Following the last edition of the "International Workshop on HIV Persistence, Reservoirs and Eradication Strategies" held earlier this month, scientists envision the practical ways of implementing the first eradication trials in the clinic.
Tucker, GA, December 30, 2011 -- The failure of antiretroviral therapy (ART) to eradicate HIV infection lies in the fact that HIV remains quiescent in latent reservoirs. Latently infected resting CD4+ cells carry transcriptionally silent HIV-1 and represent the predominant viral reservoir in patients on suppressive ART. Other cells may also act as reservoirs such as macrophages, dendritic cells and astrocytes.
HIV is a retrovirus that integrates into the host genome and as such, on cell division will be automatically present in both daughter cells. The mechanisms involved in the maintenance of HIV reservoirs are progressively deciphered.
An HIV cure could be envisaged as either sterilizing, equivalent to HIV eradication, or functional, equivalent to HIV remission.
The concept of a functional cure implies to deplete virus reservoirs to such an extent that a “controller” status is achieved. In this way, HIV is maintained at low levels for long periods of time in the absence of ART, equivalent to that observed in known HIV “Elite controllers”.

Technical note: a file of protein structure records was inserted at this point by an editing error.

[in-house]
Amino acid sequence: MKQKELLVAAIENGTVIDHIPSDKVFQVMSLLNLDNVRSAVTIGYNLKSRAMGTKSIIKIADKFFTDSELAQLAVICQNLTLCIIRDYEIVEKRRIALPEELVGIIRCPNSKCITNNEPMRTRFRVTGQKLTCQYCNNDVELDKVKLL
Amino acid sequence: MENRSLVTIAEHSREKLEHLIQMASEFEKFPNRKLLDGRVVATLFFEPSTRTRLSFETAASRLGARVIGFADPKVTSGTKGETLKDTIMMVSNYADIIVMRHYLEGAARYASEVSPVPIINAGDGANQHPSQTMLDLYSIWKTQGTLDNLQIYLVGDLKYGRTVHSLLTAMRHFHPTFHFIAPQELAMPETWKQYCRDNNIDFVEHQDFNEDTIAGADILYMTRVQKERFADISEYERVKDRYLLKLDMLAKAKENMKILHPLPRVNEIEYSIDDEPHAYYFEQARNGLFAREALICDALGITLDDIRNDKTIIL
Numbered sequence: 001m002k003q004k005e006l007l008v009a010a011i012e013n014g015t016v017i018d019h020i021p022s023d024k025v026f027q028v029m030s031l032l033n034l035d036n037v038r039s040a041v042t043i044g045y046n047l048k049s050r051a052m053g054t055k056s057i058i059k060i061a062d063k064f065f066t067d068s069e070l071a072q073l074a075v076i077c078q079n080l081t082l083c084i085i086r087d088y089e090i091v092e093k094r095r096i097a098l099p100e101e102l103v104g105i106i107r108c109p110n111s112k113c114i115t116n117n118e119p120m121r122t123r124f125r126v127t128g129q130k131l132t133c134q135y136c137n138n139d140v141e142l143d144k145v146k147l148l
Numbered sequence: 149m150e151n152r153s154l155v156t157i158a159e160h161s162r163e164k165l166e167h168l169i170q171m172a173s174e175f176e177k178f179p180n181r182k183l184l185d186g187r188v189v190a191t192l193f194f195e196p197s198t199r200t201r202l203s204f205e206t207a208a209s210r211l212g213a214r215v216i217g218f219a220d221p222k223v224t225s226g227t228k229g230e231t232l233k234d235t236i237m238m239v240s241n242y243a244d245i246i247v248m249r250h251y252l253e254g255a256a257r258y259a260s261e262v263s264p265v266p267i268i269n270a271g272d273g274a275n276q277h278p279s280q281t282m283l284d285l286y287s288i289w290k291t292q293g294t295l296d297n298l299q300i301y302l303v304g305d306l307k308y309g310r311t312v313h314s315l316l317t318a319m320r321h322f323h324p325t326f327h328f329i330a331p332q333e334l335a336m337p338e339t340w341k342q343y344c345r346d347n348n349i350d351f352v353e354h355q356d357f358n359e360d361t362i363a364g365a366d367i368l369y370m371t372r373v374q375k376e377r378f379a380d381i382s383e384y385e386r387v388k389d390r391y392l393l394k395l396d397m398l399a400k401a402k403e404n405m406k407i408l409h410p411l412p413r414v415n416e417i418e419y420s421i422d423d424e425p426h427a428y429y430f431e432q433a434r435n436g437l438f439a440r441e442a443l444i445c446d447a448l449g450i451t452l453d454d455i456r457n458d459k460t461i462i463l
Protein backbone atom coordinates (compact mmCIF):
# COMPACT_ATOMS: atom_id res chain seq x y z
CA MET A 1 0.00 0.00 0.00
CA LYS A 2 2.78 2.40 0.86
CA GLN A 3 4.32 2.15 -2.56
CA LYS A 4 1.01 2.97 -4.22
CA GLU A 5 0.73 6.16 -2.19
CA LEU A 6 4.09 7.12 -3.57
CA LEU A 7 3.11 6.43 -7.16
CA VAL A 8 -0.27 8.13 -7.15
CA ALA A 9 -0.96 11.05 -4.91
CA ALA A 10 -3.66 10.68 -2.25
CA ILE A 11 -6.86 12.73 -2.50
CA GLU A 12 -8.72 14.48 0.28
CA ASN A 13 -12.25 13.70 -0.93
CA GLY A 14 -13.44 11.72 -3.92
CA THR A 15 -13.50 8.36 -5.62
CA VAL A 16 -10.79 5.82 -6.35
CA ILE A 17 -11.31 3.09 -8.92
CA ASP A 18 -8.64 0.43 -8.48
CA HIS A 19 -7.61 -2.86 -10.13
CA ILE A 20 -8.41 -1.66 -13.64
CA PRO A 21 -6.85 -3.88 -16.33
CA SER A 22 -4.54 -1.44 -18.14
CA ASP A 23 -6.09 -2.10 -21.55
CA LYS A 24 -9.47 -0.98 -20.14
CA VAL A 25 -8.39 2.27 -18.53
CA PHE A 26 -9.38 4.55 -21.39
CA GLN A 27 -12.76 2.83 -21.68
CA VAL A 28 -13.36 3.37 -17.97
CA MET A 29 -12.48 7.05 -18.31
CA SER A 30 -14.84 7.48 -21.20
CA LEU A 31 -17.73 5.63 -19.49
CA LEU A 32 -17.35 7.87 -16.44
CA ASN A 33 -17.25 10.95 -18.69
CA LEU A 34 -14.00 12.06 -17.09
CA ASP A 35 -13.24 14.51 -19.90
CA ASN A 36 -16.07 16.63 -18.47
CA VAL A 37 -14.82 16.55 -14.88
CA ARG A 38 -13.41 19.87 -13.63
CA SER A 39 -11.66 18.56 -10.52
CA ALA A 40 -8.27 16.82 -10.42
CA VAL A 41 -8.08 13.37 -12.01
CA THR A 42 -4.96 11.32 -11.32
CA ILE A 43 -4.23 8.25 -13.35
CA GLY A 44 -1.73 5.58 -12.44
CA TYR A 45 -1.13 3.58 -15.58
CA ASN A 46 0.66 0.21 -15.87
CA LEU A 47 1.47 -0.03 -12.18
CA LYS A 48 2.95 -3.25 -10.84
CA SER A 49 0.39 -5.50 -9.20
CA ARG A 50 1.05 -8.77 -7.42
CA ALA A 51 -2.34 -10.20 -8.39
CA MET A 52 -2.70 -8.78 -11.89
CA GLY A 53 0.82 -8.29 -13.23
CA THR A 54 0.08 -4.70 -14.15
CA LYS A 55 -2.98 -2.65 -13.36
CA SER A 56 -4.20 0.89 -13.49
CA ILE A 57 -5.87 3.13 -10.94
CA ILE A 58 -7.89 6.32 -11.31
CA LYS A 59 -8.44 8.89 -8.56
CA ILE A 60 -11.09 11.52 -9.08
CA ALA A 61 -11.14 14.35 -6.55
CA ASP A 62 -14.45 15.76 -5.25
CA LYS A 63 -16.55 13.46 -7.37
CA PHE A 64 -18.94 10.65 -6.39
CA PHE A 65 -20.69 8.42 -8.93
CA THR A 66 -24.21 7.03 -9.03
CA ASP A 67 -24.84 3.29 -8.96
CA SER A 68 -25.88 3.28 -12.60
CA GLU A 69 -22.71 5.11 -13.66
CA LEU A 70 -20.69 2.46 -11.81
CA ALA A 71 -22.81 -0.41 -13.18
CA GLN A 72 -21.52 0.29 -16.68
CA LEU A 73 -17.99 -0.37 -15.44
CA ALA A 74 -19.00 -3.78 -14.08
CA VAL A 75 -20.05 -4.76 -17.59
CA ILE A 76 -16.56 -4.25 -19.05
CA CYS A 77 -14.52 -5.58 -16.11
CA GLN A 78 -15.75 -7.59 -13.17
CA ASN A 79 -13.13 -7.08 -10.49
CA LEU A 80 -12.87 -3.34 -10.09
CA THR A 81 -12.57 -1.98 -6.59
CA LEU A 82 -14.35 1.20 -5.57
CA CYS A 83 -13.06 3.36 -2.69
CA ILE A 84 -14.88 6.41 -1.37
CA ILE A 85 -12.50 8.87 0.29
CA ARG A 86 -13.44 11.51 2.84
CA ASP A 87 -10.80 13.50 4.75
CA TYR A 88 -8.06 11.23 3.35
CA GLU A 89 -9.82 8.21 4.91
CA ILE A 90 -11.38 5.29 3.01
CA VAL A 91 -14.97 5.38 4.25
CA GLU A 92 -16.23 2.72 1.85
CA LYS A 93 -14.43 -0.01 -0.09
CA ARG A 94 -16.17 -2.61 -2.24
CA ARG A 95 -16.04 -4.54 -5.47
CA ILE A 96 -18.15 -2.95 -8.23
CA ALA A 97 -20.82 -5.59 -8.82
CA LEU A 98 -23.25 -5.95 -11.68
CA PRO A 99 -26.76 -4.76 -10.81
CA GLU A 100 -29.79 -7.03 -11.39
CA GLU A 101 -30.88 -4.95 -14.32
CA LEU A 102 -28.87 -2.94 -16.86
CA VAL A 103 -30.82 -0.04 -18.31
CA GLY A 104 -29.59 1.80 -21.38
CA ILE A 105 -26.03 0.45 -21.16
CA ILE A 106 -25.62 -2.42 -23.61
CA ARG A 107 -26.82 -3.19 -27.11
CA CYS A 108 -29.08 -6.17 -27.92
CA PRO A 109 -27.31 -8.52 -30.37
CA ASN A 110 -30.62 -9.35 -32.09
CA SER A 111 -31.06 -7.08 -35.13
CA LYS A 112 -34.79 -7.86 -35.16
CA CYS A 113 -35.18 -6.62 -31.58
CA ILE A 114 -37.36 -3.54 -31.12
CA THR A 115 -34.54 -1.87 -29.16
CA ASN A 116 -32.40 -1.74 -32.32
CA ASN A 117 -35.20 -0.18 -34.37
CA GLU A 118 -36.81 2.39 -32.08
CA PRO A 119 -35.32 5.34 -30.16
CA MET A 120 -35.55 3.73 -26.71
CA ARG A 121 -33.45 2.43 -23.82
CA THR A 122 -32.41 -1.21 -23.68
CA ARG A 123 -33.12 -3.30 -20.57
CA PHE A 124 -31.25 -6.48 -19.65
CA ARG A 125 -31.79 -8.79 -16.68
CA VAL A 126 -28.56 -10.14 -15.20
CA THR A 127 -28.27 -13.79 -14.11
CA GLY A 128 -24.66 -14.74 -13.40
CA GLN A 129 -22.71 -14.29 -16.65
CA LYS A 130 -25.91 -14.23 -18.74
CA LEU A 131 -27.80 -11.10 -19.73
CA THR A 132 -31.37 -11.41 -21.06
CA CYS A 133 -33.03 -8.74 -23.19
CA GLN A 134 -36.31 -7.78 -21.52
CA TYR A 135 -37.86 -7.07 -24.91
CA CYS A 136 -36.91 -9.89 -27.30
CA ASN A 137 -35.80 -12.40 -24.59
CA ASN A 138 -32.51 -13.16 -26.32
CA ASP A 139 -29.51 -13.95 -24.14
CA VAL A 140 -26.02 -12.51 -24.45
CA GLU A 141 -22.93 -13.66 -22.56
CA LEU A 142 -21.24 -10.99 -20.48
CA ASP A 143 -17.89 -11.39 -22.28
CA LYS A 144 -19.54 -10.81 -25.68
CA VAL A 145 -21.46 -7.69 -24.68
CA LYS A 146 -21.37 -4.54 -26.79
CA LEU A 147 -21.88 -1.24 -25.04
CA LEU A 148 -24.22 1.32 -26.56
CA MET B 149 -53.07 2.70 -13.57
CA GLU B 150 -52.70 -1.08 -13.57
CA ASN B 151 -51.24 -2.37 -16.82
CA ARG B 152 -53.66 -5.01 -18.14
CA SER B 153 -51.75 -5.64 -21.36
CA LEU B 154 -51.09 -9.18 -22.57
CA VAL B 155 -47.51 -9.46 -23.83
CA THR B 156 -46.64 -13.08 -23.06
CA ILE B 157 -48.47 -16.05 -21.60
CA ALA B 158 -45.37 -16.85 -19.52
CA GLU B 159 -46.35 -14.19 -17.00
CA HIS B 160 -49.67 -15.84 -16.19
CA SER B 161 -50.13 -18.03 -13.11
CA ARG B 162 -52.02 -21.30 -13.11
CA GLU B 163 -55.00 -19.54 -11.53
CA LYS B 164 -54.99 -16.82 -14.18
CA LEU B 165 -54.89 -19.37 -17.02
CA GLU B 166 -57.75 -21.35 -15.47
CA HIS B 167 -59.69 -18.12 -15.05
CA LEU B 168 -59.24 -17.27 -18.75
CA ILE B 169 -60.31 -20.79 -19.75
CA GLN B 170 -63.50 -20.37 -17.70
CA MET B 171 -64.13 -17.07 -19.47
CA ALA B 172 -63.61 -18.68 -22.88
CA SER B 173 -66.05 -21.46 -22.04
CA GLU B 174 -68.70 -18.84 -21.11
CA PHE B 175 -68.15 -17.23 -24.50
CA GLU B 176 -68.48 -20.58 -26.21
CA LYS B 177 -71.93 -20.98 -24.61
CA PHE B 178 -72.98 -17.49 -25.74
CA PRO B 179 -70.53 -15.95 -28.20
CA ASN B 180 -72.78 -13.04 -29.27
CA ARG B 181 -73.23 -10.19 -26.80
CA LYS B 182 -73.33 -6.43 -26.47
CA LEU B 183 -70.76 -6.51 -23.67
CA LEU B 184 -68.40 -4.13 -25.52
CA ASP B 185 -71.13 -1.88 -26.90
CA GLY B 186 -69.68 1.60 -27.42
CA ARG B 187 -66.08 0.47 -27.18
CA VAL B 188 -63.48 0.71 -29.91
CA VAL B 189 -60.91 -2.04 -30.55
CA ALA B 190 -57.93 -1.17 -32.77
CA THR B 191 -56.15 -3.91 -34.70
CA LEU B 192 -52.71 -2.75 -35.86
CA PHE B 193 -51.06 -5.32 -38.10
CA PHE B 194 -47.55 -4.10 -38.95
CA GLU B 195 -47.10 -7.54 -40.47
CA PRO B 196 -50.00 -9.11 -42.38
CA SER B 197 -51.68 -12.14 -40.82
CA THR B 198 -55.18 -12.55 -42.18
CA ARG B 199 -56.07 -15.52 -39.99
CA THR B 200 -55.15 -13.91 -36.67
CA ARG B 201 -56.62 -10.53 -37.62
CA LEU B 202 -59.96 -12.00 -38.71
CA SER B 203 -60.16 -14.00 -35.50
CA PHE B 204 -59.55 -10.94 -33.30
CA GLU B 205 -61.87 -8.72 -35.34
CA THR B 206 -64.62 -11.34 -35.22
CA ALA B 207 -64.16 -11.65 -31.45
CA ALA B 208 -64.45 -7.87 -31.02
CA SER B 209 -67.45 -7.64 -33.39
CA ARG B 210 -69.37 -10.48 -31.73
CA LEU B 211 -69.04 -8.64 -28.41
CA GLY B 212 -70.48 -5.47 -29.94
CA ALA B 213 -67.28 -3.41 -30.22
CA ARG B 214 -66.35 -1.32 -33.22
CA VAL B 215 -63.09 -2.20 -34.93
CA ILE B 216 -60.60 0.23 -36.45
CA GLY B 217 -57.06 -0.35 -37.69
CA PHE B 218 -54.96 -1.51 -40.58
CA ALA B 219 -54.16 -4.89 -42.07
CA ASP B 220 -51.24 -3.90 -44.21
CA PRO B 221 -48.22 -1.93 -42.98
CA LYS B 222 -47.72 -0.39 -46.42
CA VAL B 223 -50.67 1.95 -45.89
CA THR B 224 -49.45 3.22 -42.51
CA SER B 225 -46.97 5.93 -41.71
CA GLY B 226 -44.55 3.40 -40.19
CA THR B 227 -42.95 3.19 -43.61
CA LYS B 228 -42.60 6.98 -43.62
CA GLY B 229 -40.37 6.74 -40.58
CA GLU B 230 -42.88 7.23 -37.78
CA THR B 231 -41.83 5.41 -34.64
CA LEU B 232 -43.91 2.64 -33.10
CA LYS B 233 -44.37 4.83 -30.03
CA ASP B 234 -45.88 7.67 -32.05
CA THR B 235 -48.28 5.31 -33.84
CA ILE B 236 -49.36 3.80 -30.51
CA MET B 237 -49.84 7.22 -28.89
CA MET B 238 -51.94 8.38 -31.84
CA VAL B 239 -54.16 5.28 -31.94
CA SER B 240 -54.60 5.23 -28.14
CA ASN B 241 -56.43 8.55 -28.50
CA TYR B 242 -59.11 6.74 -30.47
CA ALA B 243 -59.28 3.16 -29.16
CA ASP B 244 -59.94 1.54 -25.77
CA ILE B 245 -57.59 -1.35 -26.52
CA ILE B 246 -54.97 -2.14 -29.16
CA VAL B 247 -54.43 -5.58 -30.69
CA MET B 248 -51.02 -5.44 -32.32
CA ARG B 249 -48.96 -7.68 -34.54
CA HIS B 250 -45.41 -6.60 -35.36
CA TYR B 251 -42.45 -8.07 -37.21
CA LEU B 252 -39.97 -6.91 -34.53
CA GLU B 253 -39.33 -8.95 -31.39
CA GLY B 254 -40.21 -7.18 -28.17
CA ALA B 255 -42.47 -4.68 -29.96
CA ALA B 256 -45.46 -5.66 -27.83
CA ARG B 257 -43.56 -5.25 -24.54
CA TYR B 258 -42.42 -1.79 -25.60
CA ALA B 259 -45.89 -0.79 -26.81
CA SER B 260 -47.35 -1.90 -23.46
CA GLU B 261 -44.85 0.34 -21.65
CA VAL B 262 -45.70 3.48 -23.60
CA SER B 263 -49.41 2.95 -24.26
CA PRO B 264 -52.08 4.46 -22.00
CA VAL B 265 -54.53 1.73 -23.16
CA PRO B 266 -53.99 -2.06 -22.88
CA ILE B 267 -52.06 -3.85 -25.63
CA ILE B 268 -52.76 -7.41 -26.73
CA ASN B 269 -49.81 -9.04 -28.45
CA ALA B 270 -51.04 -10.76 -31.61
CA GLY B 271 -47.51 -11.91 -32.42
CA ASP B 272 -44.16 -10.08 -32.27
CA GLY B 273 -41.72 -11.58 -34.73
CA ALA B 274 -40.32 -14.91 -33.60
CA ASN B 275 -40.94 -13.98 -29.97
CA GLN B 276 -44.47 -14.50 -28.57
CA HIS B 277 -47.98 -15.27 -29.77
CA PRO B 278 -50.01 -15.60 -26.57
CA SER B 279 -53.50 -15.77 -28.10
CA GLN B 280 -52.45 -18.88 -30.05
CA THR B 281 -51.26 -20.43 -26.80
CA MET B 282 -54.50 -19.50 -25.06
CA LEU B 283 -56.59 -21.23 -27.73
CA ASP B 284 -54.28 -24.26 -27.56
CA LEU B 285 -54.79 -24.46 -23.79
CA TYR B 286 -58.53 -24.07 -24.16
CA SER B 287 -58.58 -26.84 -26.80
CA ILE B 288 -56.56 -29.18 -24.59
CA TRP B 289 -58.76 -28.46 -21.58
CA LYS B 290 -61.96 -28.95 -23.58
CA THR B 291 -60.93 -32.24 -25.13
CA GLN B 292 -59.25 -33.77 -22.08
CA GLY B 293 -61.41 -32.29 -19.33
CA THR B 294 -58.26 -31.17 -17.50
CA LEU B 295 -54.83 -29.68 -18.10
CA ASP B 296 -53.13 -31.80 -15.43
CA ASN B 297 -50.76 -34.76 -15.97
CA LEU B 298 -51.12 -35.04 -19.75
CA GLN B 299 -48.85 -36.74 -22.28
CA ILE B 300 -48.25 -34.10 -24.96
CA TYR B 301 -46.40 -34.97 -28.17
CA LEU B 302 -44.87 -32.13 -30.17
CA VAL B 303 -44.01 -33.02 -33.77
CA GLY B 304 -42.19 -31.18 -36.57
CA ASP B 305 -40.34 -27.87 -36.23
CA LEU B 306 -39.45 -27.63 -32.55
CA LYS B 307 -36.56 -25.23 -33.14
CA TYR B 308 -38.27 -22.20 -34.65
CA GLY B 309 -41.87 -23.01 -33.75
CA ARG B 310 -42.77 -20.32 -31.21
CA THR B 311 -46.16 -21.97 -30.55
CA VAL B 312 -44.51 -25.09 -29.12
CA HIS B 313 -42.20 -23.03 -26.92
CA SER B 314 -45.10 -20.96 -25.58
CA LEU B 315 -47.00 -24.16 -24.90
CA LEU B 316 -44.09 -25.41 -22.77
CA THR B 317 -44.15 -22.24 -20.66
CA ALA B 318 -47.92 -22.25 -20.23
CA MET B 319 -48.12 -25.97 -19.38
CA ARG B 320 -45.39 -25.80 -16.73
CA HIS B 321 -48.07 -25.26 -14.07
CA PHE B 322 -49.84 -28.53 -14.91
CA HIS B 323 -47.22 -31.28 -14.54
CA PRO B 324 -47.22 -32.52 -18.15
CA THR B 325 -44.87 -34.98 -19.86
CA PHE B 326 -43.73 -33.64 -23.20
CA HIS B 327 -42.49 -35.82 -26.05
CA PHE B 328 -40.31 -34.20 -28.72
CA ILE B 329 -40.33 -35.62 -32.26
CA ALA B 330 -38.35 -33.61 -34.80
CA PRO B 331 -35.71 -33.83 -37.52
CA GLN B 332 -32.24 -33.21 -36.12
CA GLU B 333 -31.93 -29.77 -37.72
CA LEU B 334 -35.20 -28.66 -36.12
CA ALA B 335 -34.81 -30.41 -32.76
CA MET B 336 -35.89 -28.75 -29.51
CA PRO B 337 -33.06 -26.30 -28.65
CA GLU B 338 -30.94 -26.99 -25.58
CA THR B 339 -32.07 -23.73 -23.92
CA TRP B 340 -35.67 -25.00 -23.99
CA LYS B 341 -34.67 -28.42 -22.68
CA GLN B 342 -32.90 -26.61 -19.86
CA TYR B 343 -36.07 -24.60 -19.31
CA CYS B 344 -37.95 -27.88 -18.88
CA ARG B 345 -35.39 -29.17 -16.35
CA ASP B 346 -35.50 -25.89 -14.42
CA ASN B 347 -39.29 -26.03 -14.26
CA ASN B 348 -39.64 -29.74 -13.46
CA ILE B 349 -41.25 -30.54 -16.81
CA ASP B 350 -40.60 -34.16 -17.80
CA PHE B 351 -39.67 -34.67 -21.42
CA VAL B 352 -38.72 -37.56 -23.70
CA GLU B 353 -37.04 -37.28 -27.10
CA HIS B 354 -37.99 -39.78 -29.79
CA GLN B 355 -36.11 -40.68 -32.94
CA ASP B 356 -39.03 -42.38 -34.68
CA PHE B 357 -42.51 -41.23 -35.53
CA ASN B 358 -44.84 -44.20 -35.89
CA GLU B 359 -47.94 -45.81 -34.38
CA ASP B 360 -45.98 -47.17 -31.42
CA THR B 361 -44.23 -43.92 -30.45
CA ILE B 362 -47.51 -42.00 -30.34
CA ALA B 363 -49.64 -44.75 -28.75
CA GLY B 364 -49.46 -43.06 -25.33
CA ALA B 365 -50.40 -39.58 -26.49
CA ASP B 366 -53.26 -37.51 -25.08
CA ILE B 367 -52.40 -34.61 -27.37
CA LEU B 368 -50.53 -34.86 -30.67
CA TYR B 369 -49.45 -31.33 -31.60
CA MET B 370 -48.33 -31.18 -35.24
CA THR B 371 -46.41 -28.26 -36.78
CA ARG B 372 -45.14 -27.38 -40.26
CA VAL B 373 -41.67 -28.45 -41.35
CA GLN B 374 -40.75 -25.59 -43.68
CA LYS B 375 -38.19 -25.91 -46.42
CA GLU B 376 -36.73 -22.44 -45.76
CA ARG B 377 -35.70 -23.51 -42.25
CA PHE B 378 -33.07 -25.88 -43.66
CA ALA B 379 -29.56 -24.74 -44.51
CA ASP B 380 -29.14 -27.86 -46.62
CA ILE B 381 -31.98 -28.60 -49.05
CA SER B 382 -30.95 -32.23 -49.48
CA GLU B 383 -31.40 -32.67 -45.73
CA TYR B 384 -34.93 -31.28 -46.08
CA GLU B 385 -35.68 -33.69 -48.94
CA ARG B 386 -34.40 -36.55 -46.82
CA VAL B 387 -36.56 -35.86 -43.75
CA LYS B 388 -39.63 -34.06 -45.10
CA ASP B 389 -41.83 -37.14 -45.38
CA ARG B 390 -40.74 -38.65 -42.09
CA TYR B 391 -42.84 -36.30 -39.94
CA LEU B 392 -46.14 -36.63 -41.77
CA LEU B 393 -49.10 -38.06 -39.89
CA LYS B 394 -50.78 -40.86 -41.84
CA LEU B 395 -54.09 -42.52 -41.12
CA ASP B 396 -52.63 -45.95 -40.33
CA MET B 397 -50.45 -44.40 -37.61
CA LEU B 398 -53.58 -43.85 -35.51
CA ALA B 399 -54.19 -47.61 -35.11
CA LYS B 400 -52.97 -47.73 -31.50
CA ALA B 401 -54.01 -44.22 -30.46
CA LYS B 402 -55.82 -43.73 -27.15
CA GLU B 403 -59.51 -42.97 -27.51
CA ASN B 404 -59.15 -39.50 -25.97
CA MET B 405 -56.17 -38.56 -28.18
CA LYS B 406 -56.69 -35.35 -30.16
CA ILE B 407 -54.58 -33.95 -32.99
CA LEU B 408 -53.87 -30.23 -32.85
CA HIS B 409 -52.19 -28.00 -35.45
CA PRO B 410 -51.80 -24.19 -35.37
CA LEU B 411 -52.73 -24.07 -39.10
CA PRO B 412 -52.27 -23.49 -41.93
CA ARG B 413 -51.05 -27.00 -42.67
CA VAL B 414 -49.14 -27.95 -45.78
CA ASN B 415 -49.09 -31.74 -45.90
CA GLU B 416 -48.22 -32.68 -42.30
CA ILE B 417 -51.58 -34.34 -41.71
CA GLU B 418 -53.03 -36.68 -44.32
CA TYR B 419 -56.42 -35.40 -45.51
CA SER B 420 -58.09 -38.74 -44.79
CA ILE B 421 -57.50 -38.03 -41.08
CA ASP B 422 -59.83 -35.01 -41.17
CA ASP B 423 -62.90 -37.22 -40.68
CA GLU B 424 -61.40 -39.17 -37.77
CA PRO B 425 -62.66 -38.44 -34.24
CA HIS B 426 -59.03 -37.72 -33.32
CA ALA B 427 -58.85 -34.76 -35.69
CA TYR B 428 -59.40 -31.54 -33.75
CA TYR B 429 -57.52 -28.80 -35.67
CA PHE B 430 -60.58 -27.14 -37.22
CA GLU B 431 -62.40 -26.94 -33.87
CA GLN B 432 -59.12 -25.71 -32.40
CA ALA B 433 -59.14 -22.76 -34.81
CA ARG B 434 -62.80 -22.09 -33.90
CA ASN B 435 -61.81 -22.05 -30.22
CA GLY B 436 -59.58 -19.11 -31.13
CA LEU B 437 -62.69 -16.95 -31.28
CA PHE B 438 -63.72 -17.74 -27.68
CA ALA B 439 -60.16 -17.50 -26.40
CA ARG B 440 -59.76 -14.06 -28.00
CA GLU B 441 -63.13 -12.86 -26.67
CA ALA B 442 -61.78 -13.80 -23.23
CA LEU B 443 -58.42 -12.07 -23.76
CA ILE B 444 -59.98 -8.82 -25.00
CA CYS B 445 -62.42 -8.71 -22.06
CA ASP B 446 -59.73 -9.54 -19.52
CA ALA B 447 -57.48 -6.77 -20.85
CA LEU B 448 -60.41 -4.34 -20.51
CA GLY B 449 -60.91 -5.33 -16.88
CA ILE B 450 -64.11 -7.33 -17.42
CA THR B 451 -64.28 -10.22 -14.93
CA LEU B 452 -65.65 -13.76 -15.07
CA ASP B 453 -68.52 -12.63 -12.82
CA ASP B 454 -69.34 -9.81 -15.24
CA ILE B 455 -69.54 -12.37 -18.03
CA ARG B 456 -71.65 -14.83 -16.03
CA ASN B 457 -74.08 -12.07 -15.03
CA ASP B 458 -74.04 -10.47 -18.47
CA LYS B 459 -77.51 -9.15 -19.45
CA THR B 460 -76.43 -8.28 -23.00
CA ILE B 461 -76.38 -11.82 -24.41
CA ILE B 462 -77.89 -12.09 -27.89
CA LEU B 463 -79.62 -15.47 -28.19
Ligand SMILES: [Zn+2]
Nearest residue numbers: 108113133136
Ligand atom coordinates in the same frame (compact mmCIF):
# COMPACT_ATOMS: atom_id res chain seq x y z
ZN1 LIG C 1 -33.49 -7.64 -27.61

Approaches to deplete HIV reservoirs include “purging” these reservoirs by selective activation of latently infected cells (such as memory cells) in the presence of ART such that released virus may not infect and replicate in neighboring cells. Agents include histone deacetylase (HDAC) inhibitors, cytokines, as IL-15, and bryostatin, a protein kinase C activator.
In order to demonstrate a sustained virological response (functional cure), ART will ultimately need to be stopped in order to show that virus levels remain undetectable.
The current skepticism regarding treatment interruption means that inclusion criteria for patients in such studies will take in to consideration both pre ART and nadir CD4+ T-cell counts.
It is likely that a cocktail of potent anti-latency compounds will be needed in concert with intensified ART regimen to reach an HIV cure. This implies assessing the ratio between benefit and risk and clearly informing patients about ethical issues.
The next edition of the “International Workshop on HIV Persistence, Reservoirs and Eradication Strategies” will take place in Miami, Florida, 3-6 December 2013. Meanwhile, the scientists that met together at the last meeting will keep regular ties in order to implement the first proof-of-concept trials of HIV functional cure.
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